then he drew away and sat before her, kneeling on the floor still fully clothed, and looked at her… the faintest smile on his lips. in the firelight, she could see his eyes shining, and the expression on his face was so full of calm and joy, she just wanted to sit and stare. not move at all, let nothing take it away.
his eyes roamed from her face down her body. her breasts trembled at the thought of his eyes on them. he looked at her quietly. what was that in his eyes she wondered. how could a man love her so much? he sat there, a gratitude pouring through him.
this beautiful woman, untouched, innocent, her gleaming ivory skin flawless and untainted… how could he ever have thought otherwise, he shuddered. she started. he stared at her bemused and wondered how he got so lucky.
“i love you, dammit!” he said softly to her, looking up at her startled eyes.
then he lunged in one smooth arc and took her with him landing on the bed both of them lying, her below, him on top. he took her hand and placed in on the top button of his shirt, “want to help your poor tired husband with a little undressing, mrs raizada?” he was laughing into her hair.
she loved it when he played like that.
they made love for hours it seemed. and when she suddenly wanted to see the stars, he picked her up and took her outside, where they found the charpoy the dhaba aunty ji had kindly left behind.
khushi had not felt this happy in so long. there seemed to be a lack of darkness in their lives tonight; a complete light. she let her fingers entwine with his and lay there looking at the stars… oh those were surely their parents up there. and yes, certainly they were twinkling brighter tonight. she drifted into sleep, her breath easing, her body growing limp, he held her close… and wondered where she’d like to spend the rest of their honeymoon.
he’d asked captain raina to be prepared for a trip to practically anywhere. wherever khushi wanted to go they’d go he’d decided while planning. he prayed silently that she wouldn’t say, they should take nani ji, bua ji, amma, and maybe di along too. he laughed at this unbelievable thought that passed through his mind. then out of nowhere, he thought, nah, she won’t worry about di right now because there’s doctor verma.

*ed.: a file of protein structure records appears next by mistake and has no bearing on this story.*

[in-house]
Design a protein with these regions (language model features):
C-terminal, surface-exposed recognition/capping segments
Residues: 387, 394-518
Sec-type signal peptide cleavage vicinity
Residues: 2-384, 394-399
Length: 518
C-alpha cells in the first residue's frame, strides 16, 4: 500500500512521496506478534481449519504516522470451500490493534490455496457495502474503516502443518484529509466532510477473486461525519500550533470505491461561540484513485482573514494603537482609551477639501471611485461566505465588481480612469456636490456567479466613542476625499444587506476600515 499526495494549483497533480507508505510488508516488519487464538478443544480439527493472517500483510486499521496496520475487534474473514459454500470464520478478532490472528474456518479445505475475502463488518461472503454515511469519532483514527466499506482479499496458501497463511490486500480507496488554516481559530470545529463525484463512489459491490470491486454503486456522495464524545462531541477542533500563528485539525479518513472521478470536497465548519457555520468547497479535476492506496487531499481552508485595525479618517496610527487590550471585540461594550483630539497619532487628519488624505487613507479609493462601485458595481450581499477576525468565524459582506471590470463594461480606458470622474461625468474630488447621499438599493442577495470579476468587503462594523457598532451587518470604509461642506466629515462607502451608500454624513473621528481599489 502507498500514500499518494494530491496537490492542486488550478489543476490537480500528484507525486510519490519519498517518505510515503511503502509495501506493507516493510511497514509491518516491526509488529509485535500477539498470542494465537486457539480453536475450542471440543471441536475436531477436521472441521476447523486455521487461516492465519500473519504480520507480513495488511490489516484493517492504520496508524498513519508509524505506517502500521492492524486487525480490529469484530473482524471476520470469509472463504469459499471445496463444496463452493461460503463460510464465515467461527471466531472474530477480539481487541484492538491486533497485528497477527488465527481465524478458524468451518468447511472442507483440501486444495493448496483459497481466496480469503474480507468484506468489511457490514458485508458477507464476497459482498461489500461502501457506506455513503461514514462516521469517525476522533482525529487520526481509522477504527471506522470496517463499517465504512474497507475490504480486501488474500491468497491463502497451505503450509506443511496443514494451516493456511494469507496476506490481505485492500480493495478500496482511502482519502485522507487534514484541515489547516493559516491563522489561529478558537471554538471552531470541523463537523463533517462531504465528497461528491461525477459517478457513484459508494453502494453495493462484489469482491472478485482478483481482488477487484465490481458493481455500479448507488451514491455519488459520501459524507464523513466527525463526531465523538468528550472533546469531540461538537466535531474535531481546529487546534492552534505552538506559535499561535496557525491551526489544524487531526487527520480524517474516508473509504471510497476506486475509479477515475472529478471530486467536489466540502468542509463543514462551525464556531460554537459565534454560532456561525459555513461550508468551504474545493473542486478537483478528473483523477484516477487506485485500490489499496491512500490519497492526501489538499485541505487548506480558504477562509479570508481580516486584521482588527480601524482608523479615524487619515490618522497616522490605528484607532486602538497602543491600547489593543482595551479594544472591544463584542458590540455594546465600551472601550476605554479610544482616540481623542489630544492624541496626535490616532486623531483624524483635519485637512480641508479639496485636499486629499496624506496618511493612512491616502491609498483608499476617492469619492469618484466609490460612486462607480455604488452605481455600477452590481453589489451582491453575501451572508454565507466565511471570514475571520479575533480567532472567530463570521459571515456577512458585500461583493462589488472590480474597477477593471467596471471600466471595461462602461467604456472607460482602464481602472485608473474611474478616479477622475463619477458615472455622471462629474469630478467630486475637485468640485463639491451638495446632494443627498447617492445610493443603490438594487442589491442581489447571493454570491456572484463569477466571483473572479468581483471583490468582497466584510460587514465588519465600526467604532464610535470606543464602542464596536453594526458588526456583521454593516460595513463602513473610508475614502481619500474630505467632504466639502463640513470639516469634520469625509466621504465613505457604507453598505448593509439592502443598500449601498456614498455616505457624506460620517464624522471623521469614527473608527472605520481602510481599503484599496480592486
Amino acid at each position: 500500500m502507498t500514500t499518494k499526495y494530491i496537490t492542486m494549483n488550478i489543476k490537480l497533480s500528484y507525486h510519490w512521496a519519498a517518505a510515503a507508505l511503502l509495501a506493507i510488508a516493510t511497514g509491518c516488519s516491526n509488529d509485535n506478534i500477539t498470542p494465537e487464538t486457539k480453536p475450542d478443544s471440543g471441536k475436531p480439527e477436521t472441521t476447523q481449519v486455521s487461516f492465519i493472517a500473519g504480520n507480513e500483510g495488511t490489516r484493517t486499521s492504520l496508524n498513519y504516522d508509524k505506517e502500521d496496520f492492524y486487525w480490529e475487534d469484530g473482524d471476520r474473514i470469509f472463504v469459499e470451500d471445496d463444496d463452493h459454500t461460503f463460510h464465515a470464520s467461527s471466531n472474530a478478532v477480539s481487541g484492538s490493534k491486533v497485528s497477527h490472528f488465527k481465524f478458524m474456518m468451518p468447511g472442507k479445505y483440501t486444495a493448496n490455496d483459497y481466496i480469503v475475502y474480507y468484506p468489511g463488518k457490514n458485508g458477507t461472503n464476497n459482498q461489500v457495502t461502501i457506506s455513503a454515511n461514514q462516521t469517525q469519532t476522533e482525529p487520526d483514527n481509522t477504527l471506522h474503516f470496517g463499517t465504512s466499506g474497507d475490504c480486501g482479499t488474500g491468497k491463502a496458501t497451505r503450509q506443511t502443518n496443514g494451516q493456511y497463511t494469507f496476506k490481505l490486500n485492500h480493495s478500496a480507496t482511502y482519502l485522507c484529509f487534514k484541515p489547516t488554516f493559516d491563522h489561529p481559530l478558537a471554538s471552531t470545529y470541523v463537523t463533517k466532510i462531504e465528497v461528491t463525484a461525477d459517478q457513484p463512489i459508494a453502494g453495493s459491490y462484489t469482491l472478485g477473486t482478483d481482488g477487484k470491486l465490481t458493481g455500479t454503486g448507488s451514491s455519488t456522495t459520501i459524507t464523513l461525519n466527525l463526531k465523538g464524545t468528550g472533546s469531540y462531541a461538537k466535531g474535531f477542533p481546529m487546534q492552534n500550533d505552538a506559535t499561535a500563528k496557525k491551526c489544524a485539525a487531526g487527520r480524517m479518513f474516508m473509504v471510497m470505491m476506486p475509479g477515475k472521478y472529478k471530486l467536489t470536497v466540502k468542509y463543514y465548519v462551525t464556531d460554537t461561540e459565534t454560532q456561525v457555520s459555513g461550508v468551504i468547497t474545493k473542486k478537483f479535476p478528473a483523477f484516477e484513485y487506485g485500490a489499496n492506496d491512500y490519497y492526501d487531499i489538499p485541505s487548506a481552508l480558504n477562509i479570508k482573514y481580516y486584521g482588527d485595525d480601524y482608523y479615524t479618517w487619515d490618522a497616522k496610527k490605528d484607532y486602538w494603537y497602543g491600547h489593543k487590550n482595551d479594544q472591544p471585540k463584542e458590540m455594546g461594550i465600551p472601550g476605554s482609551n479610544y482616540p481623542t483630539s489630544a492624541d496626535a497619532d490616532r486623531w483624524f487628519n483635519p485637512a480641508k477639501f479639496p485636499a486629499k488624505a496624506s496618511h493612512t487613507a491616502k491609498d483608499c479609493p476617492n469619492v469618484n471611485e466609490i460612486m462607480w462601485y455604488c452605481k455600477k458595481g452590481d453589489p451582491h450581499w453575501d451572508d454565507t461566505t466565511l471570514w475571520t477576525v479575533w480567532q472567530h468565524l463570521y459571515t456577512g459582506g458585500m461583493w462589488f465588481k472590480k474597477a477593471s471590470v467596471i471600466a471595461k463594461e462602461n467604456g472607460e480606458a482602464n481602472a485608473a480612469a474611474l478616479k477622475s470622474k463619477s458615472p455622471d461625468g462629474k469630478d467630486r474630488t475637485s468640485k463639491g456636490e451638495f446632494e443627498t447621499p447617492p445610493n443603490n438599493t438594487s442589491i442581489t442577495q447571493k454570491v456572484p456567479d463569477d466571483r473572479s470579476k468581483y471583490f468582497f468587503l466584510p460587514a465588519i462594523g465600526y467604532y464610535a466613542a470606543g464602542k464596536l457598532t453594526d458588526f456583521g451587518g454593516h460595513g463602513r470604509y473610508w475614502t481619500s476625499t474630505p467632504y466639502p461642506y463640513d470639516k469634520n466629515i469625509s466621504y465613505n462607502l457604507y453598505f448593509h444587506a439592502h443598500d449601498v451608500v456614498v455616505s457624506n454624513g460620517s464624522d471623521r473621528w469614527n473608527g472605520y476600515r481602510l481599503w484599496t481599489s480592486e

he was so startled at the thought that he almost sat up.
di! he so wished she was alright. no one said anything, but he knew she suffered. shyam’s betrayal… and he knew she’d loved him. he looked at the sleeping girl next to him and knew as he had never known before how much di must have suffered. was suffering now. yet di had that strength in her at times. she’d carried on. now she was engrossed in her management studies… but di needed more. she deserved a wonderful life.
she had been silently weeping that day in sheesh mahal while he stood angry and shouting back at chacha ji. he’d promised himself he’d take away her sadness. he would make everything alright. yet he hadn’t been able to. not really.
shyam’s leering face in the rain came back to him. he wanted to pull a trigger. and silence that obscenity forever.
no. he would not let anyone hurt di ever again. he would not. everything was in his control.
he kissed khushi on the tip of her ear, pulled her close to him and closed his eyes. had he ever slept on a charpoy before that too in the open? felt nice, even though it was a cold november night.
it was six in the evening in london, dark already, when the phone rang. the man picked up the phone and said gruffly “yes? kahiye!”
“woh aa raha hai… do ya teen din bas… aap wapis aa jaiye lucknow,” shyam’s voice was cold and full of venom.
(he is coming… in two or three days… come back to lucknow.)